National Guard Arrives on Scene at the U.S. Capitol After a Day of Chaos
The National Guard arrived at the Capitol Wednesday evening after pro-Trump rioters stormed the building as lawmakers were gathered to certify the election results.
Part of the first wave, the D.C. national guardsmen arrived wearing protective gear and carrying riot equipment, a senior Defense official previously told CNN, but they were not equipped with any lethal or non-lethal weapons.
Before the National Guard was mobilized and arrived, White House Press Secretary Kayleigh McEnany tweeted, "At President @realDonaldTrump’s direction, the National Guard is on the way along with other federal protective services."
"We reiterate President Trump’s call against violence and to remain peaceful," she added.
The Army mobilized all 1,100 members of the District of Columbia National Guard before they were deployed to the Capitol and other surrounding parts of D.C., according to the New York Times. In addition to the D.C. National Guard, members of the Maryland and Virginia Guard were also mobilized.
In addition to the National Guard, the Virginia State police arrived earlier in the afternoon.
Photos and videos from the Capitol showed thousands of rioters breaching the building and entering the Senate chamber and Congressional offices, rifling through lawmakers' desks and roaming around. Many waves Trump flags and carried weapons.
Lawmakers were forced to evacuate and placed in lockdown, interrupting the certification of President-elect Joe Biden's win. The rioters gathering to show their support of Trump and his unfounded claims that the election results were fraudulent.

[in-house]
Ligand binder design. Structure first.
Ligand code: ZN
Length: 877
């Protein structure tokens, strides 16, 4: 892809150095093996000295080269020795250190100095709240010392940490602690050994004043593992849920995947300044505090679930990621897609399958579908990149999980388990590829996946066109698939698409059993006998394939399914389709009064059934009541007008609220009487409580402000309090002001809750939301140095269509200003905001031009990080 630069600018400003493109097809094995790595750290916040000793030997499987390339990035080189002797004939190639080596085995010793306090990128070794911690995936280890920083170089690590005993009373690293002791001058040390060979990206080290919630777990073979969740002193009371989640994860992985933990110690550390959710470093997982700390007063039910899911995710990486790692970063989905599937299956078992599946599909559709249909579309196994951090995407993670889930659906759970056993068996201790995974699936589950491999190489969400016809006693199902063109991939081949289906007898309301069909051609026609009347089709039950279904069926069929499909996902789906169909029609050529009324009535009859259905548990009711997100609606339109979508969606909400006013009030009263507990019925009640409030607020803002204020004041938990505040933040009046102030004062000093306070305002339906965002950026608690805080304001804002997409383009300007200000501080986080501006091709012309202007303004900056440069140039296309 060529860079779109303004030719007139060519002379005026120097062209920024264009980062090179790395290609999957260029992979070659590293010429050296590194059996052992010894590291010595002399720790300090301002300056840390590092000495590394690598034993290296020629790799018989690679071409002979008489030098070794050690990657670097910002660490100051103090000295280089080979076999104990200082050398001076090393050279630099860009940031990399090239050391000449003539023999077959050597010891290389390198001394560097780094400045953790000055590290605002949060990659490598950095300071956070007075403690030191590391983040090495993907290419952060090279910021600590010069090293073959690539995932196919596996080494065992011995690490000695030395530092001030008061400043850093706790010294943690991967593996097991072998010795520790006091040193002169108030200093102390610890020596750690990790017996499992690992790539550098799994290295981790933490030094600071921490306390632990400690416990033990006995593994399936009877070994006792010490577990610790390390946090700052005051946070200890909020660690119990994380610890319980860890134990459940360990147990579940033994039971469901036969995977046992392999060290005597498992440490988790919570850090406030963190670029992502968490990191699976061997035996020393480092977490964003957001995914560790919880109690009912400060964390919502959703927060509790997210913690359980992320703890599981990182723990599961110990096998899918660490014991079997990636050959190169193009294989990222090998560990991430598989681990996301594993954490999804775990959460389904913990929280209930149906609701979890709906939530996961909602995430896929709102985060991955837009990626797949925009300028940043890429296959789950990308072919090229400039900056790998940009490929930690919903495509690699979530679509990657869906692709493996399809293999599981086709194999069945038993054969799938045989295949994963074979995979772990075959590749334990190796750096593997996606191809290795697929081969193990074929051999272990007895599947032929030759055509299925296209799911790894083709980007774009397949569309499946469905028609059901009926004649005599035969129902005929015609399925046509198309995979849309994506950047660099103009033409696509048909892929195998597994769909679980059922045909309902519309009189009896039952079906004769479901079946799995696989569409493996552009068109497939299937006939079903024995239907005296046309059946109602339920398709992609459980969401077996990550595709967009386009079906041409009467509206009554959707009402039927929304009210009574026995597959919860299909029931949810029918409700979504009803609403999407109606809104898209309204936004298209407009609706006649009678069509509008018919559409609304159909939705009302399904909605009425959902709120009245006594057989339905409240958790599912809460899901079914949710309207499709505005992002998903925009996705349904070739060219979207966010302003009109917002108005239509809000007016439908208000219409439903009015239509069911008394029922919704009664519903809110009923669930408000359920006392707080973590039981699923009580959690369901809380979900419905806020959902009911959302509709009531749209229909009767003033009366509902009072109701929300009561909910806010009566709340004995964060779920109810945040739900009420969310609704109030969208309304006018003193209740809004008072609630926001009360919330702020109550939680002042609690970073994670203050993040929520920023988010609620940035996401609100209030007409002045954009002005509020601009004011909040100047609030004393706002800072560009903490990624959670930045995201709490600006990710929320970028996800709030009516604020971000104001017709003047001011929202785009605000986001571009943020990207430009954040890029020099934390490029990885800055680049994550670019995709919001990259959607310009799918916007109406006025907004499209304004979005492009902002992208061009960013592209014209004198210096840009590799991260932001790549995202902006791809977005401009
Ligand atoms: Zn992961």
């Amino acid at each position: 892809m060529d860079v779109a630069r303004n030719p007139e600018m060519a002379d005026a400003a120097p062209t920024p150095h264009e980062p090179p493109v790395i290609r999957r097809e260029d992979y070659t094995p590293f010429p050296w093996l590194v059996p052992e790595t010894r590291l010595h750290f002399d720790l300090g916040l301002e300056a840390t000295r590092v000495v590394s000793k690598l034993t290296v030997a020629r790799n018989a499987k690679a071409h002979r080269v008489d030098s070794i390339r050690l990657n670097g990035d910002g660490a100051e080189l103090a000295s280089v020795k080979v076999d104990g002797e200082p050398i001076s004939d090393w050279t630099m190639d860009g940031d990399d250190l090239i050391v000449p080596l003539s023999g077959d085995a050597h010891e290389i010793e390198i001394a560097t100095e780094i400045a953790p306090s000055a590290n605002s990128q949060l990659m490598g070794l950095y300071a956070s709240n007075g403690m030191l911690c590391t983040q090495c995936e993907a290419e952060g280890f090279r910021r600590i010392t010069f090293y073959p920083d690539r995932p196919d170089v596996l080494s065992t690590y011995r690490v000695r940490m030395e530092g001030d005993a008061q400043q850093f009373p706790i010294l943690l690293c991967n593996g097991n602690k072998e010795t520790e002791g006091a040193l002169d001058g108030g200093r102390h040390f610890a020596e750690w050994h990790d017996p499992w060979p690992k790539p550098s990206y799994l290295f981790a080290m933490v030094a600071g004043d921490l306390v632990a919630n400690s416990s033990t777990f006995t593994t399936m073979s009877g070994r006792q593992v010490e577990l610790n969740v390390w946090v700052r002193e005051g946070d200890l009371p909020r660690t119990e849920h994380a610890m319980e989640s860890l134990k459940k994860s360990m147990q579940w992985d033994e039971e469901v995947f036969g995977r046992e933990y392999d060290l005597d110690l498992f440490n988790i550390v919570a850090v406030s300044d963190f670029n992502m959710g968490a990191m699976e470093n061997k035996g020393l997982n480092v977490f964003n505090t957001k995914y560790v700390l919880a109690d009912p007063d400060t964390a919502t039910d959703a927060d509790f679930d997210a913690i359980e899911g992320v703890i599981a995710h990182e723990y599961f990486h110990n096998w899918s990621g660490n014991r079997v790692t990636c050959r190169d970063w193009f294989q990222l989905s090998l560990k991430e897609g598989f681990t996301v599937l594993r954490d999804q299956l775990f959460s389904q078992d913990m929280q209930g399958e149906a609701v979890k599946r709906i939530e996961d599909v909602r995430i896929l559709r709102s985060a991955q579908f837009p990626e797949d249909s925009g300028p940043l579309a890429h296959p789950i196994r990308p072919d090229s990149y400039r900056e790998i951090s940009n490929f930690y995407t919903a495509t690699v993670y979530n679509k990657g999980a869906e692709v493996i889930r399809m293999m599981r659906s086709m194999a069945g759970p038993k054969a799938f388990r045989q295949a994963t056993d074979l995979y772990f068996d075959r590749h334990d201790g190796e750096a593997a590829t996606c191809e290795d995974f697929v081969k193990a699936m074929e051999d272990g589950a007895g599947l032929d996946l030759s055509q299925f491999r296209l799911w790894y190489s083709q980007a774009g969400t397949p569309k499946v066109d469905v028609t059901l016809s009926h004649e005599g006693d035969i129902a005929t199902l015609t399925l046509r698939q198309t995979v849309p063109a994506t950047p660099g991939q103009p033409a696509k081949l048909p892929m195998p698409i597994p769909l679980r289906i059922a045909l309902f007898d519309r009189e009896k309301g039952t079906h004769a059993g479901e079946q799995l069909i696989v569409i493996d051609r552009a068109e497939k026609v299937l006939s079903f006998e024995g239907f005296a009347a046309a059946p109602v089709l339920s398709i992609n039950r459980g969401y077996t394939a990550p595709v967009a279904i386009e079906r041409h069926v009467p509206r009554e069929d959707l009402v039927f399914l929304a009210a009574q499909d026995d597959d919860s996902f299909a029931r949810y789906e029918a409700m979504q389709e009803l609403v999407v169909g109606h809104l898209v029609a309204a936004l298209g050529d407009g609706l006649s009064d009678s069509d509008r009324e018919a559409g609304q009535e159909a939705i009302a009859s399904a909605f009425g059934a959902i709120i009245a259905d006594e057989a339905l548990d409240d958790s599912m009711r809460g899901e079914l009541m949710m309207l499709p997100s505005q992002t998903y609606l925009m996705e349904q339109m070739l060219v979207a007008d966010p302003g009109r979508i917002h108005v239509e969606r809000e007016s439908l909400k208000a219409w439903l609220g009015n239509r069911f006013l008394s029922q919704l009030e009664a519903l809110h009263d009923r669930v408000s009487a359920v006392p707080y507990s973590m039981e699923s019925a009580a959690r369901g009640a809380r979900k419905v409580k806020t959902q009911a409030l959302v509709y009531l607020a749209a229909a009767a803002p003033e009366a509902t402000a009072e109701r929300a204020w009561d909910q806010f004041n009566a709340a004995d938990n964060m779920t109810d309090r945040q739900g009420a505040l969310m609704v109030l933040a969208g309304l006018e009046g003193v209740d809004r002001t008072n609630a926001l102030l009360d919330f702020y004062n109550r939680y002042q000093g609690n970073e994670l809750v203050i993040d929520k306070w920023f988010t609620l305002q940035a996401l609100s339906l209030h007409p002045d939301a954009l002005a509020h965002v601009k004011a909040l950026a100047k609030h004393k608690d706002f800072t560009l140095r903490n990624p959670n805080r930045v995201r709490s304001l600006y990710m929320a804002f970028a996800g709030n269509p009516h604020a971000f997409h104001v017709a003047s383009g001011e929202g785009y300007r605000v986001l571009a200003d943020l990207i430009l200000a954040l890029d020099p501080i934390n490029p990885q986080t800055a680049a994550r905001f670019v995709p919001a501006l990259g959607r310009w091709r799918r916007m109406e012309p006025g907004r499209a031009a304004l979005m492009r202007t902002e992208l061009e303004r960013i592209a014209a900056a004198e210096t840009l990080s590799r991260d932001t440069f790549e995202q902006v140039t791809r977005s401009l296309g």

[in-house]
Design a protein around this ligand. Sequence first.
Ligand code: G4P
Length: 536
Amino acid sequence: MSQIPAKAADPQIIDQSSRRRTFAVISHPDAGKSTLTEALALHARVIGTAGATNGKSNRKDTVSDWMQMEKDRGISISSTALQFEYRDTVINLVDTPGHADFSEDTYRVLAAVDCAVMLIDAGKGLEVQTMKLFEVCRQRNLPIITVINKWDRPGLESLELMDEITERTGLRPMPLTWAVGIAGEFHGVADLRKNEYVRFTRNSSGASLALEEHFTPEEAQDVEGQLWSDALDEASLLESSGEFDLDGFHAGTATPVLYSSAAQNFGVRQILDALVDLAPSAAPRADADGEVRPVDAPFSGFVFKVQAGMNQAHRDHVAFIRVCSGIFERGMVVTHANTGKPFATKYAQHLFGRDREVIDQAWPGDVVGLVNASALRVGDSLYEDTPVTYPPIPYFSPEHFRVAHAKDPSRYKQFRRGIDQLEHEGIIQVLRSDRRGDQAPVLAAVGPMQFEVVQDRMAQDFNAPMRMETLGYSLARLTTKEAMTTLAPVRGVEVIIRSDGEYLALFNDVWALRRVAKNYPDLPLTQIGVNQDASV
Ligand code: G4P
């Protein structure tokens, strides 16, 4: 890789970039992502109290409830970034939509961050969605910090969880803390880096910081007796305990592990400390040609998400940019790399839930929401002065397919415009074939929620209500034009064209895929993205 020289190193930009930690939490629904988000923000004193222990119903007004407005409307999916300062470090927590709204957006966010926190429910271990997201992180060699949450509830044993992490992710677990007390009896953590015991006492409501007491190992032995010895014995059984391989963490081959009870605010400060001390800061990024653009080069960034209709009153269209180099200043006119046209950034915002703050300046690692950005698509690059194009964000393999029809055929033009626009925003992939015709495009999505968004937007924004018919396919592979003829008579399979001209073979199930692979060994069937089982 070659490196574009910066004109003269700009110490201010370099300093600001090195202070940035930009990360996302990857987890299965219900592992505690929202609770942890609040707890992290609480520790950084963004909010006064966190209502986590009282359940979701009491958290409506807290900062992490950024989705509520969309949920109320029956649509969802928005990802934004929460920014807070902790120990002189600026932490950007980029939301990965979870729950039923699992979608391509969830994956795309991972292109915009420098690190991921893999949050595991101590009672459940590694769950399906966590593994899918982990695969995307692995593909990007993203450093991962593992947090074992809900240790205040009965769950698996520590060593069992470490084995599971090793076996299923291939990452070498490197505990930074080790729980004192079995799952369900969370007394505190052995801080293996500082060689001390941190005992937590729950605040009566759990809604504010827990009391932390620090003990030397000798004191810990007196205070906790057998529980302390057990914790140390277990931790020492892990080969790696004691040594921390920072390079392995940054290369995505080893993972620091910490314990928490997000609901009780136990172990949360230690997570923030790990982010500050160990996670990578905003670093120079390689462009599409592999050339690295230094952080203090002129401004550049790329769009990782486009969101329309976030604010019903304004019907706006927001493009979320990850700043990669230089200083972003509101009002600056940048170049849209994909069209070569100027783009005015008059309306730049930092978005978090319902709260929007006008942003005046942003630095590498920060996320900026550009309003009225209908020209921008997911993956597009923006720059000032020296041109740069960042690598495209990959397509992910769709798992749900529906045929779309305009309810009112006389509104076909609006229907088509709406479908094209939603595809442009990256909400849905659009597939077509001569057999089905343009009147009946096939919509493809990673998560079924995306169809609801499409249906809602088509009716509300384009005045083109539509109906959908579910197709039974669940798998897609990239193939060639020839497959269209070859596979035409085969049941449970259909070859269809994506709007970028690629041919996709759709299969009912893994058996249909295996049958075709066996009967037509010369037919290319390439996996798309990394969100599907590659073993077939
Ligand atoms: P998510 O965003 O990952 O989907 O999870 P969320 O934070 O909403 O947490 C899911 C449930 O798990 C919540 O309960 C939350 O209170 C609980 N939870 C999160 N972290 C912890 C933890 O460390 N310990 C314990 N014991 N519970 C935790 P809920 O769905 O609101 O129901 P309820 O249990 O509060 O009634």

Before the National Guard arrived, C-SPAN showed footage of tear gas being deployed inside the Capitol and widely circulated images showed an armed standoff between a rioter and law enforcement.
D.C. Mayor Muriel Bowser issued a 6 p.m. curfew as the chaos began to unfold.
Though Trump sent out a tweet asking for people at the Capitol to "remain peaceful," he did not explicitly call for the rioters to stop.
In a speech, Biden called for Trump to tell his supporters to stand down and condemned the violence.
"I call in this mob to pull back and allow the work of democracy to go forward," Biden said. "You heard me say before in a different context: the words of a president matter. No matter how good or bad that president is. At their best, the words of a president can inspire. At their worst, it can incite. Therefore, I call on president Trump to go on national television now to fulfill his oath and defend the Constitution and demand and then to this siege."
Shortly after Biden's speech, Trump tweeted a pre-recorded speech in which he continued his claim that the election had been "stolen" before saying "we love you" to the rioters and that they were "very special" as he finally advocated for them to "go home."(The video has been removed or restricted from social channels including YouTube, Facebook and Twitter, due to "risk of violence.")